The Indian Army, who I mentioned passing us earlier, has caught a lot of sideline grief from me and my team. At base camp, they are settled just above us. They love their celebrations, chants, dancing, and PT — at all hours of the night keeping all of their surrounding neighbors with their paper thin walls wide awake. While in base camp, I was bitter with them, but on the trail they redeemed themselves. At least half of them passed me on their way down and shook my hand, rendered a salute, said congratulations, or clapped — in turn making me feel bad for mumbling under my breath beforehand.
8 AM: The sun came up and instantly made me miserable. Every inch of me was covered in sweat. My helmet pissed me off as it trapped the heat on my head and under my buff. The first three quarters of the trail was fixed lines that was jumar worthy making it a breeze, but the moment I wasn’t able to use my tools or my SideStix as I normally would, my right leg and I slowed way down. Pain and heat is a shit combination for me; my frustrations get to me and I begin to beat myself up mentally.
11 AM: We finally got within a visual distance of camp one and at that point I was just running my mouth to continue making light of the situation to distract myself. To be surrounded by snow and ice, and still hotter than being in the Sahara is an absolute mind game. Battling the heat in conjunction with trying to force your body to move in the altitude makes any task a struggle. Christopher and I threw our bodies down near the first neon green tent where two Sherpas were resting. Watching the people ahead of us and behind us fight to put one foot in front of the other made me feel a little bit better.
I threw my leg off to dry off the sweat and cool it down some with the snow. It’s almost as though you can feel the sun’s rays pierce every pore of your skin. It’s ruthless. Even when you aren’t moving, your body is drenched. A young Indian woman came up to me and expressed her excitement in bumping into me and shared another amputee woman’s story. I think one of the most powerful elements of me being out here is that the outdoors can be everyone and anyone’s passion.
1230 PM: After dragging my feet and body through the now slush and over the last couple of rolling hills into our camp one, I dropped everything. We did it. Slow (really freaking slow) and steady through the ice fall and the home stretch and we made it, safe and exhausted. Even managing to situate my tent, unpack my sleeping bag, and strip my layers was a chore. To Hell with my sleeping mat and system, I laid on the floor of my tent on top of the snow to cool my body down, put my head on a compression sack full of layers, and passed out.
Rob told me I snored through the afternoon and I believe it. The last time I felt this wrecked was after my Aconcagua summit and I was dead to the world. Rizzo, an 18 year old Kashmiri guy, made his way in to camp a few hours after us. It was no secret that he wasn’t feeling well. We could hear him coughing and puking; not a good sign for only being at camp one.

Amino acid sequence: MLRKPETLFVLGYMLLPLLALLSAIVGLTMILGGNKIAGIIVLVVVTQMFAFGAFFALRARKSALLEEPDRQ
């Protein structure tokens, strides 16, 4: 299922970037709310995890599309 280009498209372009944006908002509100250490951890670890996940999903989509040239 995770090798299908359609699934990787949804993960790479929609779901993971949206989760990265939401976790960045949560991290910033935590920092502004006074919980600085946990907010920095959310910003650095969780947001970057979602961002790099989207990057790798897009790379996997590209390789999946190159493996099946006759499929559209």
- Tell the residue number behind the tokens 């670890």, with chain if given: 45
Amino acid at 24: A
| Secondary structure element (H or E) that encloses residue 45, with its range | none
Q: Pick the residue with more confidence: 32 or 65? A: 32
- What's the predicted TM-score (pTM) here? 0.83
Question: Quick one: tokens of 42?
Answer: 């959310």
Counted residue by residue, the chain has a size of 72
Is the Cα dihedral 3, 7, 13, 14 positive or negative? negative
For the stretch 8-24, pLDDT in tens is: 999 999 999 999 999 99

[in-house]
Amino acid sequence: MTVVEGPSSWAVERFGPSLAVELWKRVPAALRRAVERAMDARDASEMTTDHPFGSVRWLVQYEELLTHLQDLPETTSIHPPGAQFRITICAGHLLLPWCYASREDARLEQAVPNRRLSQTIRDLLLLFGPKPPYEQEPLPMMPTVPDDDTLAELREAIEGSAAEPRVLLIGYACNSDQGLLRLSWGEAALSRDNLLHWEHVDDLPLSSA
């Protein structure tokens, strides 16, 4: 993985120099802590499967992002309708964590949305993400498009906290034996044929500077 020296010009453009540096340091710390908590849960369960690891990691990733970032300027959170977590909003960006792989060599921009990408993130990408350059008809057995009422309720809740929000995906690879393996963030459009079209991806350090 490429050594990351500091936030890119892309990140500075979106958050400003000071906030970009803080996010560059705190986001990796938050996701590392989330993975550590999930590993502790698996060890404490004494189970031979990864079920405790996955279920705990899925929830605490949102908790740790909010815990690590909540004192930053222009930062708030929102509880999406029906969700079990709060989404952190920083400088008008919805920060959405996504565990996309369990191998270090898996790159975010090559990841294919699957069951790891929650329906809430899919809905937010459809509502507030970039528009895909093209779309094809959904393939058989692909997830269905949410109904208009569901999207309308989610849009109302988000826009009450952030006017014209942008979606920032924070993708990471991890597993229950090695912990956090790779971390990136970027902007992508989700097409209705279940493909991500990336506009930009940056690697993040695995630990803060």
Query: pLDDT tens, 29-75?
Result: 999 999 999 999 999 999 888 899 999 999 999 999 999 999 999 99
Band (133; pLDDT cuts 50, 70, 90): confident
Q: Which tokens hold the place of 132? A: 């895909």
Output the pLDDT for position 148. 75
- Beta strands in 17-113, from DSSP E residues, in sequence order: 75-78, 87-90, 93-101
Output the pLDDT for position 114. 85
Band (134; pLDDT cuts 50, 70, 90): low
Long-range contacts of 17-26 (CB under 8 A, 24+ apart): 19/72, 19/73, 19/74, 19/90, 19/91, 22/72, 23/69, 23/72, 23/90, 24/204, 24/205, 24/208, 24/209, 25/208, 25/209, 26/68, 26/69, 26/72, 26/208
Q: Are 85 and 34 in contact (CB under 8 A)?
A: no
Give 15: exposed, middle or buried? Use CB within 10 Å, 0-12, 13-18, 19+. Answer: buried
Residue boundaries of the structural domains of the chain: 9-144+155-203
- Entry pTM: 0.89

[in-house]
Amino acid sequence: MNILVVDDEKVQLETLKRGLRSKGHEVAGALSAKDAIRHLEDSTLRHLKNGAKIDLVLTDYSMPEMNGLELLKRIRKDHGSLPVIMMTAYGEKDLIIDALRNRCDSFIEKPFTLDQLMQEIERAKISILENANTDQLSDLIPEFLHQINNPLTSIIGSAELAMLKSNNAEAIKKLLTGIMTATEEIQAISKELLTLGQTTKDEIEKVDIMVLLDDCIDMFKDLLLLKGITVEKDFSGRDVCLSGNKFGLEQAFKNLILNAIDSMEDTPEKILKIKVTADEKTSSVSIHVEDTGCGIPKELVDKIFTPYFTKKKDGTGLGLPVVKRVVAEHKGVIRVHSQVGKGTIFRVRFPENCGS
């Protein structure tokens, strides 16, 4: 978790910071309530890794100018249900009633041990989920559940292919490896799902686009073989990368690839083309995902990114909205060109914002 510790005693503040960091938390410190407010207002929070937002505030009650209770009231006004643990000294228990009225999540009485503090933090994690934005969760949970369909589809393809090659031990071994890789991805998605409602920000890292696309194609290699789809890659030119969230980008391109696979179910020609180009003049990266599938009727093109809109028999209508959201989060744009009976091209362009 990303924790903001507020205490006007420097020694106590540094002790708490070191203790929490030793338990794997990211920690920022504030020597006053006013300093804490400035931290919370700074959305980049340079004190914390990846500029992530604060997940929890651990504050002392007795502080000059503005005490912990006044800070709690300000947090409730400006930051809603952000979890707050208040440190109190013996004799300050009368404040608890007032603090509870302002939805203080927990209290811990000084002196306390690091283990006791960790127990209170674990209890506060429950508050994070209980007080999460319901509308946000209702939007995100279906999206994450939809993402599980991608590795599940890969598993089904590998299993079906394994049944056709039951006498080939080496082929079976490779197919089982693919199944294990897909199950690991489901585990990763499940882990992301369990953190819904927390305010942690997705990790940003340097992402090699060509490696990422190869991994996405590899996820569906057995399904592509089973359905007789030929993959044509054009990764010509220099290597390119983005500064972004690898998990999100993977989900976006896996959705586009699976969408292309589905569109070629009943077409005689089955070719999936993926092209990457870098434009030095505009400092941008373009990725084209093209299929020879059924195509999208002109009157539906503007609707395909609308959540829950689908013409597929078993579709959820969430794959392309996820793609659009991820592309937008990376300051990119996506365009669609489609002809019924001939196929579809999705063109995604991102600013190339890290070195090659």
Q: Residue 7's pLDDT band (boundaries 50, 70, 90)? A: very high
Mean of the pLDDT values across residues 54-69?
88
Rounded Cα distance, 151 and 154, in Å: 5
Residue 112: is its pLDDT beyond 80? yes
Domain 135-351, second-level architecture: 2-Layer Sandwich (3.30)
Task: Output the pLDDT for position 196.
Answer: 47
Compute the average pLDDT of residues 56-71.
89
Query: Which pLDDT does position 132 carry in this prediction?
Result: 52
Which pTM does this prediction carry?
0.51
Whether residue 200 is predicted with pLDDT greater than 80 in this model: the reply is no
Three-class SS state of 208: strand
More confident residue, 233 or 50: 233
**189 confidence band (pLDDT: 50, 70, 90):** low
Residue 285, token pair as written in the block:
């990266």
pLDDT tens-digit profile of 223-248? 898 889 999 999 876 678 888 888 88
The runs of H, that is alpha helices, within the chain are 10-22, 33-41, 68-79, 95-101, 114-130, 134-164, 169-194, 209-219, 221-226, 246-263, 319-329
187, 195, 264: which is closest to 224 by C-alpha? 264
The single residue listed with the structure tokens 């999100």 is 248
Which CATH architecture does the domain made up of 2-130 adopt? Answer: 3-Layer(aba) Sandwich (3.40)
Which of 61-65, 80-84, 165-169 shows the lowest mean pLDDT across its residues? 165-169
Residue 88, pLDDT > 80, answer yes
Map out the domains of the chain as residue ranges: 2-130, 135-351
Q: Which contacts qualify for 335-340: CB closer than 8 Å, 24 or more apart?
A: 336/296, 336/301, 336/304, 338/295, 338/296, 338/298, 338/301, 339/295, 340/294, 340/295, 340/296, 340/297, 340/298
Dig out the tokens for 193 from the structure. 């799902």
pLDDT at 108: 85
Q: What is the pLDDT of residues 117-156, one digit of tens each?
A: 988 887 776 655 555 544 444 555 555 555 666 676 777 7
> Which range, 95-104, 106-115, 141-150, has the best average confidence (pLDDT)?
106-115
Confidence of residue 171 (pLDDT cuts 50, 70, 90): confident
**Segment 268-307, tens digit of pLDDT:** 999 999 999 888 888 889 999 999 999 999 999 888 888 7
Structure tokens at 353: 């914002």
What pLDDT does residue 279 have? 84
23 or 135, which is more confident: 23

6 PM: Eventually it was time for dinner. P Diddy threw us bags of MREs and we rummaged through them. Most of the items were well over a year expired. Funny on one hand, nerve wracking on the other. It was a matter of choosing unsanitary or what is out of date apparently. Nothing warm or rotten appealed to my overheated body, but I forced food down.
April 27, 2019
At 2 AM the winds started to scream shaking the entire tent, and I wondered what it would actually take to break a tent pole off of these knock off North Face tents that are so popular in Nepal. Rather than it strike a sense of fear or give me a chill with the cold, I found solace in the terrorizing winds. It’s quite nice being in this tent by myself — I have very little gear, just the necessities, so it makes for ample leg room especially for a woman on one leg.
Come 630 AM, I heard familiar voices. For a bit I thought it was our British and Kenyan counterparts, then I listened some more. God dangit, it was Scotty! He caught up to us and what are the odds that his tent would be directly behind mine!? If you read my Denali blog, then you’ll remember Scotty. He’s a Royal Marine who was injured overseas. He and I walked a thousand miles across the UK to raise awareness and fundraise for the nonprofit Walking With The Wounded in 2015 and now I can’t escape him in the mountains. I heard him bump into Rob and ask where I was. Just like on Denali when he was camped directly below us, I found comfort in Scotty screaming, “Oyyyy KRRRUSTYY!”
Scotty visited for a bit — it was a great start to my day hearing how it was all going for them. A familiar face on the mountain is always a good feeling. Suffering together, followed by sharing stories and laughs is the best way to strengthen a friendship and to pass the time. If you asked me in 2015 if I’d see Scotty at least once a year, I’d think it were impossible. But I am so thankful it’s worked out the way that it has — especially with it being out here in the mountains.